By Khalil Ashawi and Tom Perry
AZAZ, Syria/BEIRUT (Reuters) – Syrian insurgents carried out two suicide car bomb attacks in an assault on pro-government forces in Aleppo on Saturday and opened a new front northeast of the city, an attempted fightback after territorial gains for President Bashar al-Assad.
Backed by Russian air power, Syrian government forces had made a significant advance into the rebel-held northwest this week, seizing the town of Maarat al-Numan, part of an offensive to secure the main highway between Damascus and Aleppo.
The suicide attacks were carried out by jihadist group Hayat Tahrir al-Sham and targeted the Jamiyat al Zahraa area on the western edge of Aleppo. A third car bomb was set off by remote control, a source with the group said.
A news outlet linked to the group, Ebaa, published a video which it said showed elite Tahrir al-Sham fighters pledging “allegiance to death and jihad” before the attack on Jamiyat al-Zahraa, watched by the group’s leader, Abu Mohammad al-Jolani.
The northwestern corner of Syria including Idlib province and adjoining areas of Aleppo is the last major rebel foothold in Syria, where Assad has taken back most of the ground once held by his enemies with Russian and Iranian support.
Syrian state news agency SANA said army troops had destroyed four car bombs before they reached their targets. Syrian army forces were firing rockets and artillery at militant groups on the Jamiyat al-Zahraa front, it said. Militants had also fired rockets at residential districts of Aleppo.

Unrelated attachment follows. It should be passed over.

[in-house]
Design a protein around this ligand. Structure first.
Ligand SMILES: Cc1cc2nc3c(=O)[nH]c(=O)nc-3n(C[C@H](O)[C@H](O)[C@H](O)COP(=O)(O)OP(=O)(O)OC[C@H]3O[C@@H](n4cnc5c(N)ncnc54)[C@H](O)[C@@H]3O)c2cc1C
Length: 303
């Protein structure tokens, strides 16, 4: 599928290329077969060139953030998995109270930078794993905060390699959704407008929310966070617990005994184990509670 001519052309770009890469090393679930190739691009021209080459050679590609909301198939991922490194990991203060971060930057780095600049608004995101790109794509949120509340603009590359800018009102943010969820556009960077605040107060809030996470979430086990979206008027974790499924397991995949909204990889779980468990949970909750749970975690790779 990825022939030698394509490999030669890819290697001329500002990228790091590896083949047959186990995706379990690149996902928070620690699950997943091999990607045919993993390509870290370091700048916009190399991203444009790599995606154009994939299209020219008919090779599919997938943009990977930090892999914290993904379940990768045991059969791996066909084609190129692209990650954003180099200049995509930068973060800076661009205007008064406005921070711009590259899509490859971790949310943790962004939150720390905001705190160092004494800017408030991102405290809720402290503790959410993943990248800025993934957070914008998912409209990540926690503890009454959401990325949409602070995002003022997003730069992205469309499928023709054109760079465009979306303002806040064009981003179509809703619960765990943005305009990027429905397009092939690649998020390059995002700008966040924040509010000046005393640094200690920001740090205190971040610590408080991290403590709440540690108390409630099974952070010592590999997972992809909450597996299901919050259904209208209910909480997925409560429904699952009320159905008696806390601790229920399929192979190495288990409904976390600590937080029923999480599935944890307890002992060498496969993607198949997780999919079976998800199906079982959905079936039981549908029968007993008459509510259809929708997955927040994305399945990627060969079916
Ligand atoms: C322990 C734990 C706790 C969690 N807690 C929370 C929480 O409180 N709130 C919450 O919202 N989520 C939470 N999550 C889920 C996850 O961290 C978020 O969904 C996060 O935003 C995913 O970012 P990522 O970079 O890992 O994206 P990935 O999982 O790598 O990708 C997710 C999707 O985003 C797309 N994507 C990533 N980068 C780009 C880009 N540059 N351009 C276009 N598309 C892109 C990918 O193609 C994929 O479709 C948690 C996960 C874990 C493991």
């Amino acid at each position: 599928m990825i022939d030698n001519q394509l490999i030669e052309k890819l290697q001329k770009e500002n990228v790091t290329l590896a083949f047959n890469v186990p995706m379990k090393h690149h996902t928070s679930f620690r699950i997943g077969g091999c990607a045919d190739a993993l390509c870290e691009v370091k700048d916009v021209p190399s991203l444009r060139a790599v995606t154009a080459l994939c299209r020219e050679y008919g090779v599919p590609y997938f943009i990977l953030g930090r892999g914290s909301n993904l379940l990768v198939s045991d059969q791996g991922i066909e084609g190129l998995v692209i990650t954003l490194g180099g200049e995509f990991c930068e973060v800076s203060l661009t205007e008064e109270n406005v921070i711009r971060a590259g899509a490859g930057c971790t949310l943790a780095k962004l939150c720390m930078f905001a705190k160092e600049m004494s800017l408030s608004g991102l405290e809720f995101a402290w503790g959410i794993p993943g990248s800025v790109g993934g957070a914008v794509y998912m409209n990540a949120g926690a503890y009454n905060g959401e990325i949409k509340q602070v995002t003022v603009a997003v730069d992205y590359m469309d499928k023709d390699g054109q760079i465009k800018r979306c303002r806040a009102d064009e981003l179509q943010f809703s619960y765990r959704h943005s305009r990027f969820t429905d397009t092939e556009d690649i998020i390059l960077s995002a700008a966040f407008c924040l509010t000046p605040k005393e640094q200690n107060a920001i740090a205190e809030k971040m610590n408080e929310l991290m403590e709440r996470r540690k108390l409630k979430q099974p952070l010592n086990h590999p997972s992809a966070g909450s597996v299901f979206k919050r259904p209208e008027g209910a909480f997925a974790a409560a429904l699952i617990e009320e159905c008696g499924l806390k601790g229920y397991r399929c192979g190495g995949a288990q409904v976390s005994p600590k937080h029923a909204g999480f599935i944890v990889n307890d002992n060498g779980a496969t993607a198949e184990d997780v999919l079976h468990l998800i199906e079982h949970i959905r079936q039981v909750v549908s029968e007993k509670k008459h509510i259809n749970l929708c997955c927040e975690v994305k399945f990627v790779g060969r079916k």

The two sides gave conflicting accounts of the outcome of the attack.
A news outlet run by Lebanon’s Hezbollah, which fights in support of Assad, said the Syrian army had thwarted a “fierce attack” by the Nusra Front, as Jolani’s group was known until it broke ties with al Qaeda in 2016.
But the jihadist-linked Ebaa news outlet said the attacking forces had captured a group of houses on a hill overlooking Aleppo.
The Hayat Tahrir al-Sham source said the attacks had targeted the “Iranian occupation militias”, a reference to Iran-backed groups fighting in support of Assad.
Aleppo city has been under full government control since 2016, when pro-Damascus forces defeated rebels in the east of the city.
Some 50 km (35 miles) northeast of Aleppo, Turkish-backed rebels attacked government-held positions near the city of al-Bab, a rebel source and the Syrian Observatory for Human Rights reported. Turkish forces were not taking part, rebels said.
The government’s latest offensive has triggered a fresh wave of civilian displacement, with hundreds of thousands moving towards the Turkish border.
Turkish President Tayyip Erdogan said on Friday Turkey may launch a military operation in Idlib unless the fighting there is halted.
The U.S. special envoy for Syria said on Thursday the Idlib fighting raised the spectre of an international crisis.
Turkey, which already hosts 3.6 million Syrian refugees, fears a fresh wave of migrants. It has 12 military observation posts around Idlib, set up under an agreement with Russia and Iran, and several of them have since been surrounded by advancing government forces.
(Reporting by Khalil Ashawi and Tom Perry; Writing by Tom Perry; Editing by Nick Macfie and David Holmes)